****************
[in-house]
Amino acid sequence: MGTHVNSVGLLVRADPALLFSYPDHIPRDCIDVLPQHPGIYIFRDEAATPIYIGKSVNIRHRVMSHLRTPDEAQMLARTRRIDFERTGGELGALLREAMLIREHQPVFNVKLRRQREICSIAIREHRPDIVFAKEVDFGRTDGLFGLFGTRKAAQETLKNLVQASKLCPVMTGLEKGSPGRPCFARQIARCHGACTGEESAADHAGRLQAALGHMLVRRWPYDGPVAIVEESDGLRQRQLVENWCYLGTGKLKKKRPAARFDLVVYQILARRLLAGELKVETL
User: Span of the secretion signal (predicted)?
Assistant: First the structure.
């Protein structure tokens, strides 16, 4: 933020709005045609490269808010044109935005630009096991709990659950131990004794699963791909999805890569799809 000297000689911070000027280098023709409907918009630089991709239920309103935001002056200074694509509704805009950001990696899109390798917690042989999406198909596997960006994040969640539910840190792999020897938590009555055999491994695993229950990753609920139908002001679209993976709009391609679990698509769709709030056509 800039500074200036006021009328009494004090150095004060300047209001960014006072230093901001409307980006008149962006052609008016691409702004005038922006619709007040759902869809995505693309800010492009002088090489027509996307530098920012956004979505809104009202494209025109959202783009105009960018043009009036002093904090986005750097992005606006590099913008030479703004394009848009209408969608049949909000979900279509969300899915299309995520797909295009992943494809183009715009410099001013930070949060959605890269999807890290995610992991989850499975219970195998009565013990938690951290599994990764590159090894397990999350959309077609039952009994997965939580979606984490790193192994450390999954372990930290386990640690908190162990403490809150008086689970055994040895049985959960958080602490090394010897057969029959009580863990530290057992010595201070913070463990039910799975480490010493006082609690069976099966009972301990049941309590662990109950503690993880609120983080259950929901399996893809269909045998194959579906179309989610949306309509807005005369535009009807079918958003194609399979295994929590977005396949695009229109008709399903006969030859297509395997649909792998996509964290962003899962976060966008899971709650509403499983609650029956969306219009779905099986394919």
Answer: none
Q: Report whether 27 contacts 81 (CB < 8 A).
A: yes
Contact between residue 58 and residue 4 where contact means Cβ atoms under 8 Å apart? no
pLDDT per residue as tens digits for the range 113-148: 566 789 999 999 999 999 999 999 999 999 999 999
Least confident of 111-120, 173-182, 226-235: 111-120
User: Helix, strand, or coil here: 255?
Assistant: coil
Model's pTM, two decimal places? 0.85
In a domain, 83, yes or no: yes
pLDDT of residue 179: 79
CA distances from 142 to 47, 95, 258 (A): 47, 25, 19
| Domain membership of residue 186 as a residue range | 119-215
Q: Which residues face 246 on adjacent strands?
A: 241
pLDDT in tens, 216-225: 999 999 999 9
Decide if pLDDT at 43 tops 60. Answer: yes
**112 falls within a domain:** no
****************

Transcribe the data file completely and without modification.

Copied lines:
[in-house]
Amino acid sequence: MGTHVNSVGLLVRADPALLFSYPDHIPRDCIDVLPQHPGIYIFRDEAATPIYIGKSVNIRHRVMSHLRTPDEAQMLARTRRIDFERTGGELGALLREAMLIREHQPVFNVKLRRQREICSIAIREHRPDIVFAKEVDFGRTDGLFGLFGTRKAAQETLKNLVQASKLCPVMTGLEKGSPGRPCFARQIARCHGACTGEESAADHAGRLQAALGHMLVRRWPYDGPVAIVEESDGLRQRQLVENWCYLGTGKLKKKRPAARFDLVVYQILARRLLAGELKVETL
User: Span of the secretion signal (predicted)?
Assistant: First the structure.
């Protein structure tokens, strides 16, 4: 933020709005045609490269808010044109935005630009096991709990659950131990004794699963791909999805890569799809 000297000689911070000027280098023709409907918009630089991709239920309103935001002056200074694509509704805009950001990696899109390798917690042989999406198909596997960006994040969640539910840190792999020897938590009555055999491994695993229950990753609920139908002001679209993976709009391609679990698509769709709030056509 800039500074200036006021009328009494004090150095004060300047209001960014006072230093901001409307980006008149962006052609008016691409702004005038922006619709007040759902869809995505693309800010492009002088090489027509996307530098920012956004979505809104009202494209025109959202783009105009960018043009009036002093904090986005750097992005606006590099913008030479703004394009848009209408969608049949909000979900279509969300899915299309995520797909295009992943494809183009715009410099001013930070949060959605890269999807890290995610992991989850499975219970195998009565013990938690951290599994990764590159090894397990999350959309077609039952009994997965939580979606984490790193192994450390999954372990930290386990640690908190162990403490809150008086689970055994040895049985959960958080602490090394010897057969029959009580863990530290057992010595201070913070463990039910799975480490010493006082609690069976099966009972301990049941309590662990109950503690993880609120983080259950929901399996893809269909045998194959579906179309989610949306309509807005005369535009009807079918958003194609399979295994929590977005396949695009229109008709399903006969030859297509395997649909792998996509964290962003899962976060966008899971709650509403499983609650029956969306219009779905099986394919």
Answer: none
Q: Report whether 27 contacts 81 (CB < 8 A).
A: yes
Contact between residue 58 and residue 4 where contact means Cβ atoms under 8 Å apart? no
pLDDT per residue as tens digits for the range 113-148: 566 789 999 999 999 999 999 999 999 999 999 999
Least confident of 111-120, 173-182, 226-235: 111-120
User: Helix, strand, or coil here: 255?
Assistant: coil
Model's pTM, two decimal places? 0.85
In a domain, 83, yes or no: yes
pLDDT of residue 179: 79
CA distances from 142 to 47, 95, 258 (A): 47, 25, 19
| Domain membership of residue 186 as a residue range | 119-215
Q: Which residues face 246 on adjacent strands?
A: 241
pLDDT in tens, 216-225: 999 999 999 9
Decide if pLDDT at 43 tops 60. Answer: yes
**112 falls within a domain:** no